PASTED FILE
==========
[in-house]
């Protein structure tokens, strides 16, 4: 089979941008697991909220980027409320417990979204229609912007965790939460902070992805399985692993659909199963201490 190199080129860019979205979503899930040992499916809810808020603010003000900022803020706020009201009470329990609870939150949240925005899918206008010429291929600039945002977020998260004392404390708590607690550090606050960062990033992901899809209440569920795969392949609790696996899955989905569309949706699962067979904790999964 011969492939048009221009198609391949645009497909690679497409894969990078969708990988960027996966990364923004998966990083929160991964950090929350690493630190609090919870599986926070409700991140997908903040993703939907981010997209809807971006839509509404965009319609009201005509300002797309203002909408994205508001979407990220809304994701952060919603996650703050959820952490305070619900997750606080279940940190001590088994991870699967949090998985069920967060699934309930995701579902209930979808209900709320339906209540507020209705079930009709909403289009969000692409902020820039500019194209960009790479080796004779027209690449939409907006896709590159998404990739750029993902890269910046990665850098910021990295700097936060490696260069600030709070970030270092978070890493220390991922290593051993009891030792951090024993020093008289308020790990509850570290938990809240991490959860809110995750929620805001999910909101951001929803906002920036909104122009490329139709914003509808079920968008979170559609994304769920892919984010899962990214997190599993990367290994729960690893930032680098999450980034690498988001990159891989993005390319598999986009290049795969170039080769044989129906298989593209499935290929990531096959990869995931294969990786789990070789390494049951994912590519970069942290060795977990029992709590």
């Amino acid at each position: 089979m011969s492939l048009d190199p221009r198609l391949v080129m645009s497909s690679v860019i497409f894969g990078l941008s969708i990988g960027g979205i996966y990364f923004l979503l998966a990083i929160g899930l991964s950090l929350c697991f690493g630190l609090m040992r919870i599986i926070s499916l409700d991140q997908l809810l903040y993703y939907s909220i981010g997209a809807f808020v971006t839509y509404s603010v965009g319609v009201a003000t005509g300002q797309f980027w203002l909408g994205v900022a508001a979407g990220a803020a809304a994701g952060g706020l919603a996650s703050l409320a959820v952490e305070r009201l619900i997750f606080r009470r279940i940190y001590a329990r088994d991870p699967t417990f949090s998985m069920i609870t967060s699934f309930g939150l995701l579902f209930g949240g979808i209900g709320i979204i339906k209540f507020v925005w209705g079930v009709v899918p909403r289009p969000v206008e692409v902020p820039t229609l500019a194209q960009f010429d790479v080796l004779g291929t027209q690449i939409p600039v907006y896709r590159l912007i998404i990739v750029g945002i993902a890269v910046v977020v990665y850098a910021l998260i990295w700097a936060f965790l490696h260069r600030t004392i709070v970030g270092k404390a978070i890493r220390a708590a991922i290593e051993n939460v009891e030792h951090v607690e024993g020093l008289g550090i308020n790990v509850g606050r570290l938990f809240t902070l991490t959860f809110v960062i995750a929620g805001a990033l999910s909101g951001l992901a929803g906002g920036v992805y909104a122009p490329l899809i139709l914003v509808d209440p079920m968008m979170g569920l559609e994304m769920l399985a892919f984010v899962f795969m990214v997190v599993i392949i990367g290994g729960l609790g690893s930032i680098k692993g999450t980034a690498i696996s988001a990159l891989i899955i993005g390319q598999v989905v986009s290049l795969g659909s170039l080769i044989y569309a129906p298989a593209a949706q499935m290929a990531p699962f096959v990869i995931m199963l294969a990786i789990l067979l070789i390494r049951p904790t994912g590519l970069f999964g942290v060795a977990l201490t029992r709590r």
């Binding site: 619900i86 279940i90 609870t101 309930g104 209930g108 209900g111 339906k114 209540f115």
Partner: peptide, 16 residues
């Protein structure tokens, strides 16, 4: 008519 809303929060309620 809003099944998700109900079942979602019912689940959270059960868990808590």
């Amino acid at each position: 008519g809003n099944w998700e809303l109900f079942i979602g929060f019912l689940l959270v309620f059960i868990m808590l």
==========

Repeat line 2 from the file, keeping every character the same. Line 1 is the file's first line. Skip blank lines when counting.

């Protein structure tokens, strides 16, 4: 089979941008697991909220980027409320417990979204229609912007965790939460902070992805399985692993659909199963201490 190199080129860019979205979503899930040992499916809810808020603010003000900022803020706020009201009470329990609870939150949240925005899918206008010429291929600039945002977020998260004392404390708590607690550090606050960062990033992901899809209440569920795969392949609790696996899955989905569309949706699962067979904790999964 011969492939048009221009198609391949645009497909690679497409894969990078969708990988960027996966990364923004998966990083929160991964950090929350690493630190609090919870599986926070409700991140997908903040993703939907981010997209809807971006839509509404965009319609009201005509300002797309203002909408994205508001979407990220809304994701952060919603996650703050959820952490305070619900997750606080279940940190001590088994991870699967949090998985069920967060699934309930995701579902209930979808209900709320339906209540507020209705079930009709909403289009969000692409902020820039500019194209960009790479080796004779027209690449939409907006896709590159998404990739750029993902890269910046990665850098910021990295700097936060490696260069600030709070970030270092978070890493220390991922290593051993009891030792951090024993020093008289308020790990509850570290938990809240991490959860809110995750929620805001999910909101951001929803906002920036909104122009490329139709914003509808079920968008979170559609994304769920892919984010899962990214997190599993990367290994729960690893930032680098999450980034690498988001990159891989993005390319598999986009290049795969170039080769044989129906298989593209499935290929990531096959990869995931294969990786789990070789390494049951994912590519970069942290060795977990029992709590």